I was also pleased to see my friend Kathleen Koch, former CNN correspondent and author of Rising from Katrina, was working with mayors and other political figures from Mississippi in conjunction with mayors from various New Jersey towns who are all going through similar situations – just eight years apart. Her idea is to get people together who have been through disasters such as Katrina and Sandy to allow them to help one another avoid pitfalls and endure the relentless stress that the aftermath leaves. This is a great idea and I can only hope it takes off and spreads beyond the hurricane zones as there is much potential from learning from others.

Everyone I have met had a positive, can-do work ethic; knowing that the only way to full recovery is to focus on the future and not dwell on the misery that Sandy left behind. In that regard, the coast will be re-built stronger and thus a new and improved Jersey Shore will rise from the sucker punch that Sandy delivered to the region.

I am proud of what I saw, I really am. People have come together and have done what needs to be done.

Here is a video clip that I shot last Friday from Belmar, NJ:

Next up: NOAA’s Hurricane Season Outlook later this week.

M. Sudduth

 

East Pacific hurricane season begins today as does my trip to New York and New Jersey

East Pacific invest 90-E

East Pacific invest 90-E

It’s May 15 and that means the east Pacific hurricane season is now underway. Right on cue, a tropical depression appears to be forming well off the coast of Mexico where waters are warm enough to support the deep convection noted in satellite imagery.

All of the forecast models indicate that the developing low pressure area will move westward and away from the Mexican coastline over the next several days.

The east Pacific season begins two weeks ahead of the Atlantic season though both basins see about the same amount of activity per 100 years during this time of the year – so I am not certain as to why the Atlantic season does not officially begin until June 1. In any case, we do have something to monitor on this opening day of the east Pacific season though it poses no threat to land areas at this time.

In other news – I am heading up to New York and New Jersey beginning later this morning. I have a couple of projects to follow up on in New York City tomorrow and then I am going to travel back to coastal New Jersey where I was when Sandy made landfall. I’ll re-trace my steps in Long Branch and Belmar and might get to travel to other places farther south if time permits.

The unique thing about this trip is that I am going to stream the entire journey live on our public Ustream channel. I want to demonstrate our new “everywhere cam” that we’ll be using for our subscriber site this season. We’ll still have a free live camera streaming but it will be a traditional dash-mounted video camera. This new technology is amazing. There’s no laptop needed and the cam is so small and versatile that I can take it anywhere. The audio is incredible as well. I thought it would be great to test it out while showing anyone viewing a little of the East Coast countryside.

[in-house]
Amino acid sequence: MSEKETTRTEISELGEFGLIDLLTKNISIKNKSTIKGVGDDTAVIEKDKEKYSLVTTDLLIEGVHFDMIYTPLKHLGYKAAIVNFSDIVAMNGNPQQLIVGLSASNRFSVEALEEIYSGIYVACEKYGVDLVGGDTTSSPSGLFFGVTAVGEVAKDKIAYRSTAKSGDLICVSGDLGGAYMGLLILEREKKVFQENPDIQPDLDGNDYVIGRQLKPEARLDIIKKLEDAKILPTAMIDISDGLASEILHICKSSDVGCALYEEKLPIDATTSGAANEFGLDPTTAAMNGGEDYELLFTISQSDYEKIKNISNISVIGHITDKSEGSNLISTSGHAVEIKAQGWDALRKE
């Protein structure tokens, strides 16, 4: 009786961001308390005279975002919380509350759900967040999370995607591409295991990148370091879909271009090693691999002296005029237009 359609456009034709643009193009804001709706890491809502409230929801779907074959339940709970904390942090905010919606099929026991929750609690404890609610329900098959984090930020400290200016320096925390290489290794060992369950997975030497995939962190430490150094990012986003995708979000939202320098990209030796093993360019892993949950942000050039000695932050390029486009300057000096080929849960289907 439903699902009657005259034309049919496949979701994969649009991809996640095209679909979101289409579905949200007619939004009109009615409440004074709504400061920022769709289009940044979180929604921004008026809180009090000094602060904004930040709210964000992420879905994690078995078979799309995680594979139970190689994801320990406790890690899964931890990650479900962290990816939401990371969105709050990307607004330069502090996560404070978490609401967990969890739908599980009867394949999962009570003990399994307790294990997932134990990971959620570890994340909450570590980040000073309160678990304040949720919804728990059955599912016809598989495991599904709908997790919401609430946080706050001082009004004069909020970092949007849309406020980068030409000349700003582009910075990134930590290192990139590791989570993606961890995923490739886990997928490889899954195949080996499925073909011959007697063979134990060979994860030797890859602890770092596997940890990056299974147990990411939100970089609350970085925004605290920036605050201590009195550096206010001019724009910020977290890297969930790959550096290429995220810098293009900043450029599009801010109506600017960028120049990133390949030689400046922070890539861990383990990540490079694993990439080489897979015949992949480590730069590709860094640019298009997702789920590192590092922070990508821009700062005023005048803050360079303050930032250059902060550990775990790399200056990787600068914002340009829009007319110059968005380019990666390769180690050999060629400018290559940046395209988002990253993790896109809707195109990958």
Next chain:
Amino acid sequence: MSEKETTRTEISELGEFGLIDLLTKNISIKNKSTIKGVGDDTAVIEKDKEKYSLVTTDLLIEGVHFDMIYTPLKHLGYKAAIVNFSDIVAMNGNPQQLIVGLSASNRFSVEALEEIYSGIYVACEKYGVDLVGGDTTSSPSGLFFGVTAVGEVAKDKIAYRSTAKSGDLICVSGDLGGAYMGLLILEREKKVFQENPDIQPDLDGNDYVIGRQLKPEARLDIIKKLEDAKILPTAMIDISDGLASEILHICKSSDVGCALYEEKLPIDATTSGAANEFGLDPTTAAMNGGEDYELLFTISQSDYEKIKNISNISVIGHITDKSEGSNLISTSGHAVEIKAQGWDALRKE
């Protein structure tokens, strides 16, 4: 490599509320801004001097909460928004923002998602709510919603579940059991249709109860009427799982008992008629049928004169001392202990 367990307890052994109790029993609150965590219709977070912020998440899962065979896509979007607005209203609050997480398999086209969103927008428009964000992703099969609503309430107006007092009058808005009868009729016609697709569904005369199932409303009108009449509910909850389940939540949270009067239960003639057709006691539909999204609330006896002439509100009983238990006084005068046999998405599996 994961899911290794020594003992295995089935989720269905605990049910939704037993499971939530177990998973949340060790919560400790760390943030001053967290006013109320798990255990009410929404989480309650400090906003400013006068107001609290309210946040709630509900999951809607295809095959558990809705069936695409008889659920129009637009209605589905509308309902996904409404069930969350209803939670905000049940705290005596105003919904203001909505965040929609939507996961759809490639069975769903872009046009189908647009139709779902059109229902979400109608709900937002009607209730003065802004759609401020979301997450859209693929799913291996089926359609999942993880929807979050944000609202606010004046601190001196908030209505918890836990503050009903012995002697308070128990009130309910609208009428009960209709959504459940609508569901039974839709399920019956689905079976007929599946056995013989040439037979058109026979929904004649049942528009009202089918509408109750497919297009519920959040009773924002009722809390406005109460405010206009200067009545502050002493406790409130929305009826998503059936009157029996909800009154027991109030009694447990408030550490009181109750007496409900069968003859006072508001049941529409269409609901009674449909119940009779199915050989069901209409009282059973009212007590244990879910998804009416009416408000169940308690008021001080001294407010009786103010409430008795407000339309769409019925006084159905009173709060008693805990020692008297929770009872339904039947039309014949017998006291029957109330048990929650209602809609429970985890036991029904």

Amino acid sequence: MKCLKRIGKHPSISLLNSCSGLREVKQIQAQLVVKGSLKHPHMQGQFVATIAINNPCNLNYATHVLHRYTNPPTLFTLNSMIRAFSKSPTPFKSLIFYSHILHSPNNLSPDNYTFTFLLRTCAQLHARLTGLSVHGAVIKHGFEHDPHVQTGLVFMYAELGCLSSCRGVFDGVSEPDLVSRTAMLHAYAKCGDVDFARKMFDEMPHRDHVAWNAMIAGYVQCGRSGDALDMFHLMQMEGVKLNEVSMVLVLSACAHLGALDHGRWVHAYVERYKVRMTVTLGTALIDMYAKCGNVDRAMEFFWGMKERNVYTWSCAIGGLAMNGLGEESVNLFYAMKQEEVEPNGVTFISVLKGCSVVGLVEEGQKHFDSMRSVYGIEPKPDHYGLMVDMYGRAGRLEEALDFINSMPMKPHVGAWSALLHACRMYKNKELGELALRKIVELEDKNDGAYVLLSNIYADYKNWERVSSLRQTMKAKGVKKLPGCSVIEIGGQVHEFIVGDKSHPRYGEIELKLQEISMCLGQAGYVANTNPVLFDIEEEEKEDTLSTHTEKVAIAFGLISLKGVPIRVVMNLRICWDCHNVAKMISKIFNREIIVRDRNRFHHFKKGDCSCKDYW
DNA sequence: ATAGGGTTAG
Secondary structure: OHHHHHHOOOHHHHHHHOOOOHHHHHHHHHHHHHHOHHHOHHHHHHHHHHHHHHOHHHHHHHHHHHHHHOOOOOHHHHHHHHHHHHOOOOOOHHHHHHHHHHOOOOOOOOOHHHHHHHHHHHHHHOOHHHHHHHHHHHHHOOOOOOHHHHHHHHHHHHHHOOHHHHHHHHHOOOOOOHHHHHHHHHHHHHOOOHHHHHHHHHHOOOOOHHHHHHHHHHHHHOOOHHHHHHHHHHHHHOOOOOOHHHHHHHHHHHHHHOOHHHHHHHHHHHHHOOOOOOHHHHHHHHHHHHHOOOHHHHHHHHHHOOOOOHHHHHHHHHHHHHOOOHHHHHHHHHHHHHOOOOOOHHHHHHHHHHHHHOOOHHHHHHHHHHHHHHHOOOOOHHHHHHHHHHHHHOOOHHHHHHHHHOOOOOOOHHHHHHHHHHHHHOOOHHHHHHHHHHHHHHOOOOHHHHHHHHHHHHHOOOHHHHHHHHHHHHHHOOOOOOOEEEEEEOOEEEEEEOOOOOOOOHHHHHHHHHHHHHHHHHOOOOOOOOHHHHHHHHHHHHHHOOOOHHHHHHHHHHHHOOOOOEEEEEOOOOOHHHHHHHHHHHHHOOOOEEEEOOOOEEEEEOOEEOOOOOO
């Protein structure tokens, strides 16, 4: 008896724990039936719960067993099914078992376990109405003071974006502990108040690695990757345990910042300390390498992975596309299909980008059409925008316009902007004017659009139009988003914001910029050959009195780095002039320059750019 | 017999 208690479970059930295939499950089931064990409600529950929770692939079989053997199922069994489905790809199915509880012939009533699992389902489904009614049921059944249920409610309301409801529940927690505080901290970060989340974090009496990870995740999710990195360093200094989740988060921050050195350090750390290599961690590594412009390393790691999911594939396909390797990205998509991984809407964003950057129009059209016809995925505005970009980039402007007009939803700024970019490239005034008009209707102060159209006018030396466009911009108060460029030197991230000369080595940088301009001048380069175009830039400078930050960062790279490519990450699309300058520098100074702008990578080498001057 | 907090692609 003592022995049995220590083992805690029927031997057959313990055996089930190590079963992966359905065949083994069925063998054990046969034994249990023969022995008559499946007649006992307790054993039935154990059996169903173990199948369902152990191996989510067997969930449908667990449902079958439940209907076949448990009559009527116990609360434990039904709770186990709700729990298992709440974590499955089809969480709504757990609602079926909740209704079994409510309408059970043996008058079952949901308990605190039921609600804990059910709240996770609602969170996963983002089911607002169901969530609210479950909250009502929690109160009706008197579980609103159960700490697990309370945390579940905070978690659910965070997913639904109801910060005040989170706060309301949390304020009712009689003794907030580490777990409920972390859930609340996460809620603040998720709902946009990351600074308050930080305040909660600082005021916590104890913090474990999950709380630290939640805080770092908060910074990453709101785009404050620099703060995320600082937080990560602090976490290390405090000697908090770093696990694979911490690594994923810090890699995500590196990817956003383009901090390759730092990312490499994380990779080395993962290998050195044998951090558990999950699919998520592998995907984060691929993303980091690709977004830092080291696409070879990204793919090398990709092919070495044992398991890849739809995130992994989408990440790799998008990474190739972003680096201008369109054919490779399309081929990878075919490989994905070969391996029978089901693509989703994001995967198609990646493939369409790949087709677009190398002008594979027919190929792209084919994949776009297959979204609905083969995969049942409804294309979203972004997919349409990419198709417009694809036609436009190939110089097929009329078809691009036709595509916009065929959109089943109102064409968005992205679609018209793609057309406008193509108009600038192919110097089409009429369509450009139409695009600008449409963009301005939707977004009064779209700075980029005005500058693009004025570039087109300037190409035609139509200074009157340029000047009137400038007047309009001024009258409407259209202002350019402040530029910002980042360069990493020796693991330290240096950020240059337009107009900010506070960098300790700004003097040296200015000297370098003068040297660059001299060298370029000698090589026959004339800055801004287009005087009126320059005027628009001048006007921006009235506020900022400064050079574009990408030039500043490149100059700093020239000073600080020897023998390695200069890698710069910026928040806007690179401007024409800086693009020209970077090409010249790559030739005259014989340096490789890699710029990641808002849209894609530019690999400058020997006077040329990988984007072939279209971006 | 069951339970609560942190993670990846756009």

Once I get to the Jersey coast on Friday, you’ll want to tune in and see how things have progressed since Sandy. I’ll provide narration and insight as to what the impacts were and where I was and what I was doing back on October 29 of last year. Watch our Twitter feed for updates as to when something really worthwhile is streaming and then tune in by clicking the link below or simply bookmarking our Ustream channel page: Ustream.tv/hurricanetrack

Click here to watch our live Ustream feed

 

My next post will cover some exciting news about our app which is about to have a major update completed. Plus – is an Android version in the works? Check out the blog on Monday to find out.

M. Sudduth

One month to go until hurricane season and we are getting ready

Welcome to May! Hard to believe we are just a month away from the start of the Atlantic hurricane season. Before then, the east Pacific season begins on May 15, so we will be ramping up our blog posts, etc in the coming weeks.

So what’s new for us in 2013? A lot. Too much to cover in one blog post, so I’ll spread it out over the next couple of weeks.

First, you’ll be hearing a lot more from and about colleague Mike Watkins. He has been working with us since late 2004 and has been with me personally on some of the biggest field missions of my career.

Mike started a new company last year called Hurricane Analytics. It is more than just about hurricanes as Mike is very good at deciphering data, all kinds of data, and making sense of it. However, his tropical weather expertise will allow him to utilize his site for some excellent analysis projects. You may follow Mike and his site on Twitter: @hurricaneanalytics or @watkinstrack

Mike has a new Podcast series called The HurriCast which will provide listeners with a different perspective on tropical weather news and data info. You may find his Podcast linked from the HurricaneAnalytics homepage.

Look for blog posts here from time to time from Mike as well and I too will be guest-blogging for his site. This cross-collaboration will be a nice new touch for our partnership as we go forward in to our ninth year working together.

Today begins our season pass sales for our subscription service

We have had a private subscription service since 2005 and it has grown to include nearly 500 members from around the world. Our annual plan is the most popular, and costs $99.95 per year for unlimited access to all we offer on our Client Services site. However, some folks find that the use the subscription site only during hurricane season. So, since 2011, we have offered a “season pass” for $59.95 and that too has become a successful part of our funding projects each season.

Well, today marks the first day that the pass for 2013 is available for purchase.